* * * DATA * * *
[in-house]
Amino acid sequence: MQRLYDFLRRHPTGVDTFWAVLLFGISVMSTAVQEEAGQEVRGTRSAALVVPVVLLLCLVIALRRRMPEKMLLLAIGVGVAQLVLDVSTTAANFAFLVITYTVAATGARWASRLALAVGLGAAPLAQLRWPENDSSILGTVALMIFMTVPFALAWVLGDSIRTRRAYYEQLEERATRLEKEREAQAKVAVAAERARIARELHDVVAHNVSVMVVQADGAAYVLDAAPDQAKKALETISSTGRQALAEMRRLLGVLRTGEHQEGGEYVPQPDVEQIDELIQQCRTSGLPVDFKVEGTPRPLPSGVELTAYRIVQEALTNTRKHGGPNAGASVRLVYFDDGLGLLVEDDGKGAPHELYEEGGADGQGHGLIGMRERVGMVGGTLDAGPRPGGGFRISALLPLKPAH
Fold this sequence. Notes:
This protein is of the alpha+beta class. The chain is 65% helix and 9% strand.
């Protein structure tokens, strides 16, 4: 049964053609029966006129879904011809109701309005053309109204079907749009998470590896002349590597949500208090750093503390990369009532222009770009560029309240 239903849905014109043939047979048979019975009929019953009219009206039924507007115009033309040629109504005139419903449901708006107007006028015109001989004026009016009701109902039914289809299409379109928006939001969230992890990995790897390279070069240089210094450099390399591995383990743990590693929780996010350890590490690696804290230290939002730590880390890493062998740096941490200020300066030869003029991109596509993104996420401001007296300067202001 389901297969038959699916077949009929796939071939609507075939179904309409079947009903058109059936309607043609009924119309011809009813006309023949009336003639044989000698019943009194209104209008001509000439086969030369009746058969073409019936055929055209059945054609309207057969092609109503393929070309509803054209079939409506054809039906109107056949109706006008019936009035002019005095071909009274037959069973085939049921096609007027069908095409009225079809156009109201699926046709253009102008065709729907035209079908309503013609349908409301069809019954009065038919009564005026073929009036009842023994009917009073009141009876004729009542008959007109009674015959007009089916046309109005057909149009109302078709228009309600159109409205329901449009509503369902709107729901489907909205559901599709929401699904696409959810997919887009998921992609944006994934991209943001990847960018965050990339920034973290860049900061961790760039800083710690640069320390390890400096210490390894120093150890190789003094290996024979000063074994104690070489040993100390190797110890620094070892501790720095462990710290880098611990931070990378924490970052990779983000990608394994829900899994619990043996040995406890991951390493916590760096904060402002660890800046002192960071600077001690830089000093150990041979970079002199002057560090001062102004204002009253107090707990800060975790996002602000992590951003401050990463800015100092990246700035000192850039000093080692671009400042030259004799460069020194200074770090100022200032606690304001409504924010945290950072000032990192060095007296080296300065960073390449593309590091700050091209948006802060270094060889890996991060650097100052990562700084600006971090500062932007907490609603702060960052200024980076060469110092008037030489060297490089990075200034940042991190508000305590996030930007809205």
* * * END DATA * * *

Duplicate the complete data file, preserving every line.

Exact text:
[in-house]
Amino acid sequence: MQRLYDFLRRHPTGVDTFWAVLLFGISVMSTAVQEEAGQEVRGTRSAALVVPVVLLLCLVIALRRRMPEKMLLLAIGVGVAQLVLDVSTTAANFAFLVITYTVAATGARWASRLALAVGLGAAPLAQLRWPENDSSILGTVALMIFMTVPFALAWVLGDSIRTRRAYYEQLEERATRLEKEREAQAKVAVAAERARIARELHDVVAHNVSVMVVQADGAAYVLDAAPDQAKKALETISSTGRQALAEMRRLLGVLRTGEHQEGGEYVPQPDVEQIDELIQQCRTSGLPVDFKVEGTPRPLPSGVELTAYRIVQEALTNTRKHGGPNAGASVRLVYFDDGLGLLVEDDGKGAPHELYEEGGADGQGHGLIGMRERVGMVGGTLDAGPRPGGGFRISALLPLKPAH
Fold this sequence. Notes:
This protein is of the alpha+beta class. The chain is 65% helix and 9% strand.
């Protein structure tokens, strides 16, 4: 049964053609029966006129879904011809109701309005053309109204079907749009998470590896002349590597949500208090750093503390990369009532222009770009560029309240 239903849905014109043939047979048979019975009929019953009219009206039924507007115009033309040629109504005139419903449901708006107007006028015109001989004026009016009701109902039914289809299409379109928006939001969230992890990995790897390279070069240089210094450099390399591995383990743990590693929780996010350890590490690696804290230290939002730590880390890493062998740096941490200020300066030869003029991109596509993104996420401001007296300067202001 389901297969038959699916077949009929796939071939609507075939179904309409079947009903058109059936309607043609009924119309011809009813006309023949009336003639044989000698019943009194209104209008001509000439086969030369009746058969073409019936055929055209059945054609309207057969092609109503393929070309509803054209079939409506054809039906109107056949109706006008019936009035002019005095071909009274037959069973085939049921096609007027069908095409009225079809156009109201699926046709253009102008065709729907035209079908309503013609349908409301069809019954009065038919009564005026073929009036009842023994009917009073009141009876004729009542008959007109009674015959007009089916046309109005057909149009109302078709228009309600159109409205329901449009509503369902709107729901489907909205559901599709929401699904696409959810997919887009998921992609944006994934991209943001990847960018965050990339920034973290860049900061961790760039800083710690640069320390390890400096210490390894120093150890190789003094290996024979000063074994104690070489040993100390190797110890620094070892501790720095462990710290880098611990931070990378924490970052990779983000990608394994829900899994619990043996040995406890991951390493916590760096904060402002660890800046002192960071600077001690830089000093150990041979970079002199002057560090001062102004204002009253107090707990800060975790996002602000992590951003401050990463800015100092990246700035000192850039000093080692671009400042030259004799460069020194200074770090100022200032606690304001409504924010945290950072000032990192060095007296080296300065960073390449593309590091700050091209948006802060270094060889890996991060650097100052990562700084600006971090500062932007907490609603702060960052200024980076060469110092008037030489060297490089990075200034940042991190508000305590996030930007809205």